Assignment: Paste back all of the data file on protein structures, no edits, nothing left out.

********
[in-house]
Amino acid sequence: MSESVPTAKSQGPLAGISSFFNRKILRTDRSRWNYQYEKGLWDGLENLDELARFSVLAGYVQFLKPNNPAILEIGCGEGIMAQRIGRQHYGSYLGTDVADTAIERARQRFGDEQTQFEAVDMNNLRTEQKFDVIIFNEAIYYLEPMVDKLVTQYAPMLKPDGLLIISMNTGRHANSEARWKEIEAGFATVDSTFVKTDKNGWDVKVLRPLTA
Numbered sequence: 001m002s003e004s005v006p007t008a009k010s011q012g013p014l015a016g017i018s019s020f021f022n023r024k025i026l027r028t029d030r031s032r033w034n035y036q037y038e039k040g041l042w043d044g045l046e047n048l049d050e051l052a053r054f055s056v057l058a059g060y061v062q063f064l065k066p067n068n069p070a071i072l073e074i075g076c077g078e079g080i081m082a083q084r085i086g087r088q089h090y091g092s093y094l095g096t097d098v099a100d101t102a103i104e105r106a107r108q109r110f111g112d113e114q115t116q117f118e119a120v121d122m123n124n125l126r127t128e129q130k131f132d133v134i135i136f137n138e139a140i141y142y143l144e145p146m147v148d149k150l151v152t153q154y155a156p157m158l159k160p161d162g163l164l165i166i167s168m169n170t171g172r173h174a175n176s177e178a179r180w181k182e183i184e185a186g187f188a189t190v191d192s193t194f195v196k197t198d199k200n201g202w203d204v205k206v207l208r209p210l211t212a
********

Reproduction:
[in-house]
Amino acid sequence: MSESVPTAKSQGPLAGISSFFNRKILRTDRSRWNYQYEKGLWDGLENLDELARFSVLAGYVQFLKPNNPAILEIGCGEGIMAQRIGRQHYGSYLGTDVADTAIERARQRFGDEQTQFEAVDMNNLRTEQKFDVIIFNEAIYYLEPMVDKLVTQYAPMLKPDGLLIISMNTGRHANSEARWKEIEAGFATVDSTFVKTDKNGWDVKVLRPLTA
Numbered sequence: 001m002s003e004s005v006p007t008a009k010s011q012g013p014l015a016g017i018s019s020f021f022n023r024k025i026l027r028t029d030r031s032r033w034n035y036q037y038e039k040g041l042w043d044g045l046e047n048l049d050e051l052a053r054f055s056v057l058a059g060y061v062q063f064l065k066p067n068n069p070a071i072l073e074i075g076c077g078e079g080i081m082a083q084r085i086g087r088q089h090y091g092s093y094l095g096t097d098v099a100d101t102a103i104e105r106a107r108q109r110f111g112d113e114q115t116q117f118e119a120v121d122m123n124n125l126r127t128e129q130k131f132d133v134i135i136f137n138e139a140i141y142y143l144e145p146m147v148d149k150l151v152t153q154y155a156p157m158l159k160p161d162g163l164l165i166i167s168m169n170t171g172r173h174a175n176s177e178a179r180w181k182e183i184e185a186g187f188a189t190v191d192s193t194f195v196k197t198d199k200n201g202w203d204v205k206v207l208r209p210l211t212a